Harold Bawlzangya Racing

Modifications

What were they thinking?

Both Unitized Kawasaki rear ends I bought had bad input shaft bearings.  One rear end still rotated smoothly by hand, but the other was just shy of being locked up.

Guess which oil guide belonged to each rear end:

poorrearenddesign-7

Not sure how the designers/engineers thought any oil would get to this bearing!?  Oil guide blocking the bearing on one side:

poorrearenddesign-4

Governor sprocket on the other side:

poorrearenddesign-5

At least the other side has a little room for oil to get to the bearing.  The clutch side bearing of both rear ends was in much better shape.  I’m sure it was still out of spec, but it wasn’t obvious to the naked eye.

poorrearenddesign-1

This is the governor side bearing from the rear end that was toast.  The inner race shouldn’t be able to do that.

poorrearenddesign-8

When that happens, things start rubbing that shouldn’t:

poorrearenddesign-9

So Club Car’s solution to this bad design are sealed bearings:

poorrearenddesign-11

I’m going trust this over what was used from the factory:

grease

Being very careful, got the seals removed:

poorrearenddesign-12

Grease in the other bearing:

poorrearenddesign-13

Got all the grease out and ready for the red stuff:

poorrearenddesign-15

I know you can over-pack a bearing with grease, but I figured that they used the bare minimum at the factory.  With the factory grease being dark in color, it was a little tough to gauge just how much was in there.  So I tried to add as much as I could while still allowing some room for extra grease to move into as the bearing got some use.

poorrearenddesign-17

Time will tell how well this holds up.

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One EXP conversion done, working on two more

The parts needed to make a few Rekluse conversions:

expparts

One is done and out the door today.  Just waiting on a few parts to finish the others.

conversionoutthedoor


2016 Summer Project – 1992 Gas Club Car build

Bought this in June 2016.  This is part of the reason I didn’t do any riding over the summer.  That and it was really stinkin’ hot.  Most of my time and all free money went towards this project.

1992clubcar

Tear down:

clubcardisassembly-3

clubcardisassembly-2

clubcardisassembly-1

clubcardisassembly-4

engineremoved

24 years of oil, dirt, grass and twigs:

gunk

old290

New engine:

new290

Machined driven clutch and 8:1 gears:

machinedclutch8-1gears

rearend

The kids have been driving this to school for a couple of months now.  With the 8:1 gears, it will do about 22-23 MPH at around 3,000 RPM.  The engine could run safely at 4,000 RPM, but teenagers don’t need to be going that fast on most of the paths.

finishedgascc-2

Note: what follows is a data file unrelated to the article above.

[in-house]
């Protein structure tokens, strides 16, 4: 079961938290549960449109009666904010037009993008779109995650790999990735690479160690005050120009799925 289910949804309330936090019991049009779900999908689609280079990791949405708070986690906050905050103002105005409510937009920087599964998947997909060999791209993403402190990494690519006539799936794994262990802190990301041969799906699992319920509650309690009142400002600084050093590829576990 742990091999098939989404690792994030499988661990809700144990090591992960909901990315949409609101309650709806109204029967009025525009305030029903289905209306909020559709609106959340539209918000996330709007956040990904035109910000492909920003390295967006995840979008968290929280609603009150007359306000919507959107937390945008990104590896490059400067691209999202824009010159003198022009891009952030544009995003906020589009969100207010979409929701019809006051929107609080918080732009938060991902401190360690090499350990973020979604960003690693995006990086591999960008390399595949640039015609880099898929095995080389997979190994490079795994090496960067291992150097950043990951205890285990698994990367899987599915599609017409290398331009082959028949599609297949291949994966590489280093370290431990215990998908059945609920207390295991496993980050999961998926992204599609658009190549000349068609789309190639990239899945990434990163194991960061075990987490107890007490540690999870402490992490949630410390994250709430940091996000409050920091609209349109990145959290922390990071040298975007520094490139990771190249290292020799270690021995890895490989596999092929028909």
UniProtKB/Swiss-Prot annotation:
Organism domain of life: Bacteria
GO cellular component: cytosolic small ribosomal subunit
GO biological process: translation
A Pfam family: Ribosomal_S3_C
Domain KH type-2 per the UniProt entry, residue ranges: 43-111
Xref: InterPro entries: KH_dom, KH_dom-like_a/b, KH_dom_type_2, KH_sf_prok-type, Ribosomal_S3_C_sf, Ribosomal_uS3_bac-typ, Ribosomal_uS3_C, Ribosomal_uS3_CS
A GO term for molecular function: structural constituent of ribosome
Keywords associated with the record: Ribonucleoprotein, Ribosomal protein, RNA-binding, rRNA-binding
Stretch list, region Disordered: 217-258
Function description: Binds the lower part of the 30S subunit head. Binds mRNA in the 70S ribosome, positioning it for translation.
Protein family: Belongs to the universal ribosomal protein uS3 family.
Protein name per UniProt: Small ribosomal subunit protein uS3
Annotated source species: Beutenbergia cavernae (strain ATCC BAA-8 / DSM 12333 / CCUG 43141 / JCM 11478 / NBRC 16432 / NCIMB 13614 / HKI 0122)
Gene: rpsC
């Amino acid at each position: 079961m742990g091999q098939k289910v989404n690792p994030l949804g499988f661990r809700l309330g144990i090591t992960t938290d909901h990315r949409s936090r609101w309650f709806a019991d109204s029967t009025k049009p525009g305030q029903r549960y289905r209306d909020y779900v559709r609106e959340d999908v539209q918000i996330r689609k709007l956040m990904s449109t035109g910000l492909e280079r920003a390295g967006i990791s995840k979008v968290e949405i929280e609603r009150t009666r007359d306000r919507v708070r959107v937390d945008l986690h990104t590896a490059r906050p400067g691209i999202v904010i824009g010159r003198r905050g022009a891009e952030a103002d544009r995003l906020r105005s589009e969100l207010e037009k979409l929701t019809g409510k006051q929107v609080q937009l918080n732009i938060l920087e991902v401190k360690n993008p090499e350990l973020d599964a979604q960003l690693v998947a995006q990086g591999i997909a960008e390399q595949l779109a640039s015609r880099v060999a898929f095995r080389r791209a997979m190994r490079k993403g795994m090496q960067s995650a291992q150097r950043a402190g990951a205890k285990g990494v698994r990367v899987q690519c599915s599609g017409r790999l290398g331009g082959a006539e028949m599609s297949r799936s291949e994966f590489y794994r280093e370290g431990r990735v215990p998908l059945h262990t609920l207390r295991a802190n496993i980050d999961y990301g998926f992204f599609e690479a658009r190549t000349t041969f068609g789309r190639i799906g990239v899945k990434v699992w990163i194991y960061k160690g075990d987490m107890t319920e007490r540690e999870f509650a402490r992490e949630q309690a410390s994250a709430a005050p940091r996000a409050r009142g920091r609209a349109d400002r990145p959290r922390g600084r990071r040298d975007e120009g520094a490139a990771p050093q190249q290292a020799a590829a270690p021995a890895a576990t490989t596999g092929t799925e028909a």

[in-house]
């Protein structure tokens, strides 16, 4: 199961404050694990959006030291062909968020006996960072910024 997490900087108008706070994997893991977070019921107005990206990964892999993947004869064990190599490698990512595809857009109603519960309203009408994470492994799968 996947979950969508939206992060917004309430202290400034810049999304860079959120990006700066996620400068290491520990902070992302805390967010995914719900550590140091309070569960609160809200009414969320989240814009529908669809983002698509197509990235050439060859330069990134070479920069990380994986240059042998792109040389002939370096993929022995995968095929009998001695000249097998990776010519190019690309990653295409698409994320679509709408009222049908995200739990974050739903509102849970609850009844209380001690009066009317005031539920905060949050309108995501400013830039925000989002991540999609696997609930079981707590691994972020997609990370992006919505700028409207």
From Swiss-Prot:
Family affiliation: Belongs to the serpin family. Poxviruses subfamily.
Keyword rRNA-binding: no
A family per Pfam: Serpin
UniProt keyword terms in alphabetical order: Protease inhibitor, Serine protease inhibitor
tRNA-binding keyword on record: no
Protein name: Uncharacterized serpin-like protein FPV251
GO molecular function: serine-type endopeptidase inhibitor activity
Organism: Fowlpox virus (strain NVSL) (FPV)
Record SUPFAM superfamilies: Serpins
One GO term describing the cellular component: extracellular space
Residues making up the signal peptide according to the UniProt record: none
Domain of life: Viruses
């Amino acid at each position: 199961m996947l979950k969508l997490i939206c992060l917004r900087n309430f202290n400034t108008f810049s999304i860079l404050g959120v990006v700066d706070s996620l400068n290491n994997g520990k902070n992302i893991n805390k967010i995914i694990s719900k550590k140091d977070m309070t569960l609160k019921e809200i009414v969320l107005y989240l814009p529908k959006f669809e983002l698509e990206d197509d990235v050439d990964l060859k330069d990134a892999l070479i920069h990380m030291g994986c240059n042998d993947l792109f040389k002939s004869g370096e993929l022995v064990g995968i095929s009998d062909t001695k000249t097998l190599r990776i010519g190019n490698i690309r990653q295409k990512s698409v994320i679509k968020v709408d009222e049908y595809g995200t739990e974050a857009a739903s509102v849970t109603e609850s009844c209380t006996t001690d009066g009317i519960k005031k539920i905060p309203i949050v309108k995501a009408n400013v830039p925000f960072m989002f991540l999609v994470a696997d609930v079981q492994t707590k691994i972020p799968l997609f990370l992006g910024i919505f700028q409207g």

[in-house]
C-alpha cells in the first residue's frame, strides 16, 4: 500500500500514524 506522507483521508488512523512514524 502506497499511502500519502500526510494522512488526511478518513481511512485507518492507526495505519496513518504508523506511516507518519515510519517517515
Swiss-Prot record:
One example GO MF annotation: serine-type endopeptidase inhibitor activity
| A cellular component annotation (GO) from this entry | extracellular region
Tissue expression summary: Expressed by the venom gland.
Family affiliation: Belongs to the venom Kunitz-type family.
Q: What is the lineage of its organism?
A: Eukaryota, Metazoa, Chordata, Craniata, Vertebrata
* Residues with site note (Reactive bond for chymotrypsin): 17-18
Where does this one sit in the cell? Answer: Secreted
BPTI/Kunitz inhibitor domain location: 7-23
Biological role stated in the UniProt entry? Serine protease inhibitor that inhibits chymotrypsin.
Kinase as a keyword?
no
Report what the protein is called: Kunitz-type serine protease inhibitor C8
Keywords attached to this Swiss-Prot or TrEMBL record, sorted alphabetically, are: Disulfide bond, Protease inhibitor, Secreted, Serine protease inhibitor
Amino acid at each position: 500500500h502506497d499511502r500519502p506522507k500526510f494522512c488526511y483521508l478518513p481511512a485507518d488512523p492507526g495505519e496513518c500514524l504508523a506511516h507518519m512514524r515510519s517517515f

finishedgascc-1


NoToil comparison

After using the FilGuard filter I bought a while ago, I wasn’t that impressed.  But to be fair it was exceptionally dusty and the dust was so fine that it lingered in the air a long time.

Back when I did my air filter test, the NoToil filter performed very well.  Thinking that all NoToil filters where the same, I ordered one of the pre-oiled ones:

notoilcomparison-10

Right out of the bag I was surprised:

notoilcomparison-5

Years ago I used NoToil oil but had oil settle to the bottom of the filter and drip in the airbox.  I thought it was just be over-oiling, but I read complaints from others as well.  I stopped using it.  I am certain the machine that applies the oil in the factory is putting on the bare minimum, so I wasn’t expecting to see it settle out in the bag.

notoilcomparison-13

Without opening the inner bag, the filter material itself looked different than the one I tested years ago:

notoilcomparison-12

I went into the other room and turned the desklamp over:

notoilcomparison-6

I wasn’t liking what I was seeing:

notoilcomparison-15

I called RockyMountain up and got my return authorization for the pre-oiled filters I bought.  A quick check on eBay and I found a non-oiled NoToil filter.  A few days later this is what I received:

notoilcomparison-9

notoilcomparison-11

A quick side-by-side and you can easily tell that the foam isn’t the same between the two:

notoilcomparison-17

Nothing special about the sealing surface like on the Moose filters:

notoilcomparison-1

Now this is what I was looking for:

notoilcomparison-8

Seems like you give up quite a bit for the convenience of not having to oil the filter.


Image

First of several Rekluse EXP modifications

ClutchMods (1)

 (click picture to enlarge)


Letting the oil flow

As I’m putting the 220 together, this was a good time to modify the clutch hub I have been using.  One of the used YZ clutches I bought a while ago came with a Hinson hub.  That hub had a lot of big oil holes in it:

YZHub

 (click picture to enlarge)

The stock hub has 4 small holes:

HubOilHolesBefore

 (click picture to enlarge)

So without going too crazy, I went from 4 small holes to 16 larger ones:

HubOilsHolesAfter

 (click picture to enlarge)


That is more like it

220CylinderHead (1)

(click picture to enlarge)

Looks like I won’t be needing to hand-cut any gaskets for a little while now:

220TopEndGaskets

(click picture to enlarge)